Throughout the duration of the relationship, once winning tests are established, we’ll ask the client to implement these – making the optimizations permanent on the site or landing page that’s being tested. If you’re working with Hanapin, this is what you should expect to be asked the most about in relation to CRO.

With that being said, some clients may actually see a time-savings benefit. Our goal is to test optimizations to learn exactly what will result in more leads or revenue. Therefore, rather than putting in the time to make the changes to the site, whether it’s recommended by our team or it’s a change your team is wanting to see, our team can actually do the testing first to determine if will in fact benefit the user experience. No need spending time on changes that actually might decrease performance or changes you’re uncertain with.

Ultimately, the relationship can be as collaborative or as hands-off as the client wishes. Often the clients find a lot of value in the user research we deliver, bringing in other team members to collaborate and share these learnings. In many cases, these insights are shared with other internal teams for implementation across other channels of the business.

In-house Teams

“We already have a team in-house.”

A concern we discuss often is the existence of in-house teams diminishing the need for conversion rate optimization services. Our team finds it extremely valuable to work with these teams for a number of reasons:

  • Fresh perspective
    • Our team is consistently leaning on one another for a set of fresh eyes. After looking at the same site or the same landing page for so long, it’s very easy to overlook obvious opportunities.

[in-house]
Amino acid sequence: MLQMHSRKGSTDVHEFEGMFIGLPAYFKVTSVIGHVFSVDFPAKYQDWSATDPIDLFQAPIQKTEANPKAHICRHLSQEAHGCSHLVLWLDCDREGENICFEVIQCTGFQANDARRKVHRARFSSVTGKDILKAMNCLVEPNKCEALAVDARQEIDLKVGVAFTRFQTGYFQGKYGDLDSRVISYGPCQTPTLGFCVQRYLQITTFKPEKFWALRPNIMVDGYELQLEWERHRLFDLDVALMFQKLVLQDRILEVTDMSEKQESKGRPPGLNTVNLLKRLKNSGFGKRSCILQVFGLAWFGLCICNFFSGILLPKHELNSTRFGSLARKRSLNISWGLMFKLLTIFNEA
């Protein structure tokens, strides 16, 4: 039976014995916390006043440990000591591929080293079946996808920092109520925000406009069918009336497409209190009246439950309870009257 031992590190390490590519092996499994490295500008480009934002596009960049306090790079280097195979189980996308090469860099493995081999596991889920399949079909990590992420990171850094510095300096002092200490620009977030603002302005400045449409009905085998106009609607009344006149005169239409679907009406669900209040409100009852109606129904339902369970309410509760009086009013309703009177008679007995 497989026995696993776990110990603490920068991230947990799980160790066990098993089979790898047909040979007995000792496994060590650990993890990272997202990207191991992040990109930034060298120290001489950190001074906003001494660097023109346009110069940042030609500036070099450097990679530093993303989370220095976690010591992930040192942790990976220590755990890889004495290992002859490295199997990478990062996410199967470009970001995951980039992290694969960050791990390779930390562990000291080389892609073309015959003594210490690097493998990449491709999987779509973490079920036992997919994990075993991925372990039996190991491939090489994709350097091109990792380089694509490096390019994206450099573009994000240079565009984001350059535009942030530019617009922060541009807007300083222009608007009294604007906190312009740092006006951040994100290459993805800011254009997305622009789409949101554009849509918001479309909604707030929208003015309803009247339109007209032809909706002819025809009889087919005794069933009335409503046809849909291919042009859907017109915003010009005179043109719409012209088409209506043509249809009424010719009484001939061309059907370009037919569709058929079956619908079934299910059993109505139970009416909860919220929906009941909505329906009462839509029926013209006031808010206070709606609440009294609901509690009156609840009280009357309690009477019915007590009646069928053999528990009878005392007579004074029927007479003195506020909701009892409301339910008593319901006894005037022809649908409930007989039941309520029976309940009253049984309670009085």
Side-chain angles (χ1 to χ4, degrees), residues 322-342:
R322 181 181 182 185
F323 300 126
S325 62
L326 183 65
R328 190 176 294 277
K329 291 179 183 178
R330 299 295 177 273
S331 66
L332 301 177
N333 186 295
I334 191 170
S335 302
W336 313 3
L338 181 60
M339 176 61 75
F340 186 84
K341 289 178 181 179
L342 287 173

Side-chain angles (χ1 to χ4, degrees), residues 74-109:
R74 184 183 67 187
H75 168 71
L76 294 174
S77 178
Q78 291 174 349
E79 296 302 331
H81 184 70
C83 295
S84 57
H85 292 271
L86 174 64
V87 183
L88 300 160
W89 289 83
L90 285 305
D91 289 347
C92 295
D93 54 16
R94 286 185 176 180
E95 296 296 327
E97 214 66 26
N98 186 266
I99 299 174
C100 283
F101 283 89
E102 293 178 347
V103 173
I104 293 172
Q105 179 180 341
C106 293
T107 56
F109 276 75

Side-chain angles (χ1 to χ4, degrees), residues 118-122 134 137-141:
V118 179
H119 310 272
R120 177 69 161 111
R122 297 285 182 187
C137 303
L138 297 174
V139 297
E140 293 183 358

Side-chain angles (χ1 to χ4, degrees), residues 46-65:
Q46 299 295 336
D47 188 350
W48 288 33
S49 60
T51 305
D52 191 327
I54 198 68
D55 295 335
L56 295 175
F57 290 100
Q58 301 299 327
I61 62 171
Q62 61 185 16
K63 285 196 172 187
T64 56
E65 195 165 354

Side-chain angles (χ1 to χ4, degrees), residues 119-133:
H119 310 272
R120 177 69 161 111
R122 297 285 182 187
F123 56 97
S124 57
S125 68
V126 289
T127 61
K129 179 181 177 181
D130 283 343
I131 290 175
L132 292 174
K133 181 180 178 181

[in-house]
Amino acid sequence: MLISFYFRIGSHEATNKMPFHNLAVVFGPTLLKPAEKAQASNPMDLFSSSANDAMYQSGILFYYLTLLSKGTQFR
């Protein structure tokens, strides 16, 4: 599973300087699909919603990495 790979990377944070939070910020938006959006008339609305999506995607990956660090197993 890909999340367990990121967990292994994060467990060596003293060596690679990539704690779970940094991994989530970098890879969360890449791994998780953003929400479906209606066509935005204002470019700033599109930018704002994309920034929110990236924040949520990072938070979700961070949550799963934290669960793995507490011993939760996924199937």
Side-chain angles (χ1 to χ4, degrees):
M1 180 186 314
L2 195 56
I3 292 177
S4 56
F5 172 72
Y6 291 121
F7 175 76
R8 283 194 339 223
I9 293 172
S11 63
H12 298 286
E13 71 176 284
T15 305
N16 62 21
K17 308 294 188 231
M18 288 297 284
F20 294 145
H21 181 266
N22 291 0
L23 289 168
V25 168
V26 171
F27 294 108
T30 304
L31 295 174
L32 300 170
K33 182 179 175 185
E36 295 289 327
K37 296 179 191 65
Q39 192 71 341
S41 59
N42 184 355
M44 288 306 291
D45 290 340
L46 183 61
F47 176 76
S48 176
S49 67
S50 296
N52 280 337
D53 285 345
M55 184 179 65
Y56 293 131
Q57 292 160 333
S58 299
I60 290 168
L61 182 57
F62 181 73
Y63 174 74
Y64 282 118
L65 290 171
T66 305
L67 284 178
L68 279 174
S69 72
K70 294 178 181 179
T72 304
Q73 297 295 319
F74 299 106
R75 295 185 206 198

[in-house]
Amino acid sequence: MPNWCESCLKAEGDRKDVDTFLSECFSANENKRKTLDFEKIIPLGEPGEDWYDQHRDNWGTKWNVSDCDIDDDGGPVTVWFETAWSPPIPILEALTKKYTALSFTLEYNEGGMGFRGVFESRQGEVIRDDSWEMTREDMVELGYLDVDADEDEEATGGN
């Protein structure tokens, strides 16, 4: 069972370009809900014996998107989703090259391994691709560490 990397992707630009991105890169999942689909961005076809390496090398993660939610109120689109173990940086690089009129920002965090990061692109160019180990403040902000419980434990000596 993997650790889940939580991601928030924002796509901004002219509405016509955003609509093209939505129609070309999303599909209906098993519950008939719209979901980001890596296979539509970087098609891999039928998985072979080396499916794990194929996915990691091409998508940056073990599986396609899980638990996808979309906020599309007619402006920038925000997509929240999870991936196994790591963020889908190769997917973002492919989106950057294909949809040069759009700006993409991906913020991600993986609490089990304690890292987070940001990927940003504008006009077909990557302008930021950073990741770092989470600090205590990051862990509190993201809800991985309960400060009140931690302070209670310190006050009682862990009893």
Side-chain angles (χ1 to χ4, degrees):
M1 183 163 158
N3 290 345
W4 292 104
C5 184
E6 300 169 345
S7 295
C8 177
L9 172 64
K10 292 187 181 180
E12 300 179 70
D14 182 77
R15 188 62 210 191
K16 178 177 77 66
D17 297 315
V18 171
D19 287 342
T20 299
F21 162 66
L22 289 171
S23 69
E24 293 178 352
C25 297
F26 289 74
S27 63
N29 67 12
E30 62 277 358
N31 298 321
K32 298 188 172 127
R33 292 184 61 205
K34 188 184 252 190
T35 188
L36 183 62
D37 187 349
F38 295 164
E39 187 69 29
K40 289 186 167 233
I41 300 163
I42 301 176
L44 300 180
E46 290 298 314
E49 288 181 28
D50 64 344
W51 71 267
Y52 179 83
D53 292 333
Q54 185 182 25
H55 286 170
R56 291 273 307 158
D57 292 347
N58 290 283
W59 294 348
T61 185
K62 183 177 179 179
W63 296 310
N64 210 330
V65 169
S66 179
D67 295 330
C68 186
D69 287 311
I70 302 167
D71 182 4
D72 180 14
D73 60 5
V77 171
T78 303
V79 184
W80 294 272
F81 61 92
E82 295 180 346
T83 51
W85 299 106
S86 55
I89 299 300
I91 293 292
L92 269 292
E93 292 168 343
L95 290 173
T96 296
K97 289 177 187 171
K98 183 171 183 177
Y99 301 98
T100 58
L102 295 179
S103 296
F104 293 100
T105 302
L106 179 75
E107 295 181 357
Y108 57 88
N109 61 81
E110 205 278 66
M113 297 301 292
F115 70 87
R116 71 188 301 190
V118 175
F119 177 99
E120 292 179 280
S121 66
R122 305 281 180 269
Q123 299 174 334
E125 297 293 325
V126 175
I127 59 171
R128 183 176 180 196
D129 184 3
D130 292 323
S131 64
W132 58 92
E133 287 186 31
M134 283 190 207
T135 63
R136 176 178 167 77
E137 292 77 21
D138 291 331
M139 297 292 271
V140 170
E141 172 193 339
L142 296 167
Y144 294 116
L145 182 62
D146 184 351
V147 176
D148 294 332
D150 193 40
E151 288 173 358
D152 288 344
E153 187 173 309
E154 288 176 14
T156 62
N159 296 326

• Outside perspective
    • Working strictly with in-house teams makes it very easy to end up with a site or landing page full of jargon. Bringing in outsiders can help recreate the fresh perspective of customers who don’t live and breathe the brand the way internal teams do.
  • An extra set of hands
    • Often times in-house teams realize they just don’t have enough hands to do everything they wish they could and an additional resource can be that set of hands and eyes they need to keep things moving forward.

To give an example, we were able to work with a team to increase their demo request rates by 170%. By providing an in-depth analysis of their existing site and understanding how users were navigating and engaging with the site, we were able to make a simple suggestion that better-aligned user expectations and created more positive experiences. Not only did we see increased lead volume, we saw increased high-quality lead volume.

We work with internal teams in a variety of different ways. In some instances, clients don’t have the resources within their teams to devote to the research needed in order to truly understand how their users behave. Instead, they’re primarily focused on testing and design.

In some instances, clients are going through a redesign or a site refresh, which is the perfect time for us to not only provide analysis on the existing user behavior but also provide any and all feedback we can regarding the new site designs.

In other cases, these internal teams put their time and effort into research and design with no time left to execute any testing plans to ensure their designs are actually performing well. Though there are a variety of ways to work together, there are many benefits that can come from this type of partnership.

Final Thoughts

“Yes, you should do CRO!”

This is me. Every time.  

Stop blaming the money. Stop blaming your time, or lack thereof. Stop blaming the existence of your internal teams. Every single one of these things can benefit from the investment in CRO and the post-click experience. I hope you’re able to see just how beneficial and impactful CRO can be to the overall business. Take a look at another example of a simple change that resulted in $21,135.27 more in revenue.

The next time you see yourself asking or you’re personally faced with the question, “Should we do CRO?” think about the extra resources this can give you long term as opposed to the resources it could take away in the short term.

Stop placing the blame & just do it already!